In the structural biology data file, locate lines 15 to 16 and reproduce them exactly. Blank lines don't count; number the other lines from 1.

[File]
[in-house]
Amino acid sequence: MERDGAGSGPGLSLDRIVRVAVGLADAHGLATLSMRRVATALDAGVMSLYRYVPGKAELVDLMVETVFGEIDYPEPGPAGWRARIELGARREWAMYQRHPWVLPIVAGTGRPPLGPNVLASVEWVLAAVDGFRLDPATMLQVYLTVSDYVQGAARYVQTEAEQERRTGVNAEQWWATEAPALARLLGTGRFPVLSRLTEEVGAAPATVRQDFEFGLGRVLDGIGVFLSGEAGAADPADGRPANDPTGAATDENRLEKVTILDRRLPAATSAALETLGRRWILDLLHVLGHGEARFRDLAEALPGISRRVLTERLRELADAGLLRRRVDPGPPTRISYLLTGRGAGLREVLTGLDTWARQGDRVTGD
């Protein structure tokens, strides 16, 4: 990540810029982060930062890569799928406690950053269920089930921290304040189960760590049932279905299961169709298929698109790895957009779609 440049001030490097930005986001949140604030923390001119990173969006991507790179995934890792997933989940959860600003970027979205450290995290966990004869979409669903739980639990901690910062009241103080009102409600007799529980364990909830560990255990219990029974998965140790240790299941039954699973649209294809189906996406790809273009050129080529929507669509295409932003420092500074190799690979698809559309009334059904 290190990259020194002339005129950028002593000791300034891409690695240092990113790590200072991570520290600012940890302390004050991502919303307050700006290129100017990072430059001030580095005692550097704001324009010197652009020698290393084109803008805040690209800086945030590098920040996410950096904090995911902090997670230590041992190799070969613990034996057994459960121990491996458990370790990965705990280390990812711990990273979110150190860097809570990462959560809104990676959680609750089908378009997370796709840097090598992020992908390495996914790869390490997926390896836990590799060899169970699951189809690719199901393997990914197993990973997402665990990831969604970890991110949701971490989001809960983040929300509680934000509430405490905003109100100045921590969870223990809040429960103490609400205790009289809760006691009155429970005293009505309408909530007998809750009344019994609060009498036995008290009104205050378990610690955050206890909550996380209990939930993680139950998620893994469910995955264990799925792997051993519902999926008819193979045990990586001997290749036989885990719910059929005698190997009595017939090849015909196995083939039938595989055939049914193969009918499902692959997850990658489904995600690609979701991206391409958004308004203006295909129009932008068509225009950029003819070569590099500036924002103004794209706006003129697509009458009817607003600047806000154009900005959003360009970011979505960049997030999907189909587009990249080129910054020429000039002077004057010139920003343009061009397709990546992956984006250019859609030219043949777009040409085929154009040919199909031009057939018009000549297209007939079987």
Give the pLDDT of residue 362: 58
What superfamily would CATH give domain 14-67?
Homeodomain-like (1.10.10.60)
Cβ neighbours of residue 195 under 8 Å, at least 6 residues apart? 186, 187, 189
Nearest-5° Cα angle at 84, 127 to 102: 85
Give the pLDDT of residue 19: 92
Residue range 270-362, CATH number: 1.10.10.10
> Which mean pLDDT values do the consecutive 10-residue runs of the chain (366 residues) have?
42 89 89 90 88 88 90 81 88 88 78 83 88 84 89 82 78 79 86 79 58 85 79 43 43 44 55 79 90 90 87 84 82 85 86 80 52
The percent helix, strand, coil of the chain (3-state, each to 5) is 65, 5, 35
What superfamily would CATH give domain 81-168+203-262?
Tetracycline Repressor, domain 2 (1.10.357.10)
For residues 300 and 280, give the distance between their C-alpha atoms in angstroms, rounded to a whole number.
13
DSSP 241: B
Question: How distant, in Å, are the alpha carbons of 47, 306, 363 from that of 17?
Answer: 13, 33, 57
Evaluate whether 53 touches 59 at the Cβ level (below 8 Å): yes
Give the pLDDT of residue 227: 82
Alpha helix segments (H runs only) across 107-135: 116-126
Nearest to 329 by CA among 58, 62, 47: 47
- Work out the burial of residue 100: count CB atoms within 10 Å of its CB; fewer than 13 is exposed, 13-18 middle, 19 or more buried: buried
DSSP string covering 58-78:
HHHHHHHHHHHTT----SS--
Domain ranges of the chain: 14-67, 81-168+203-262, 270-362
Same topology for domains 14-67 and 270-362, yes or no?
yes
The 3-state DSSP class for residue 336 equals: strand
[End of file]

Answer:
Tetracycline Repressor, domain 2 (1.10.357.10)
For residues 300 and 280, give the distance between their C-alpha atoms in angstroms, rounded to a whole number.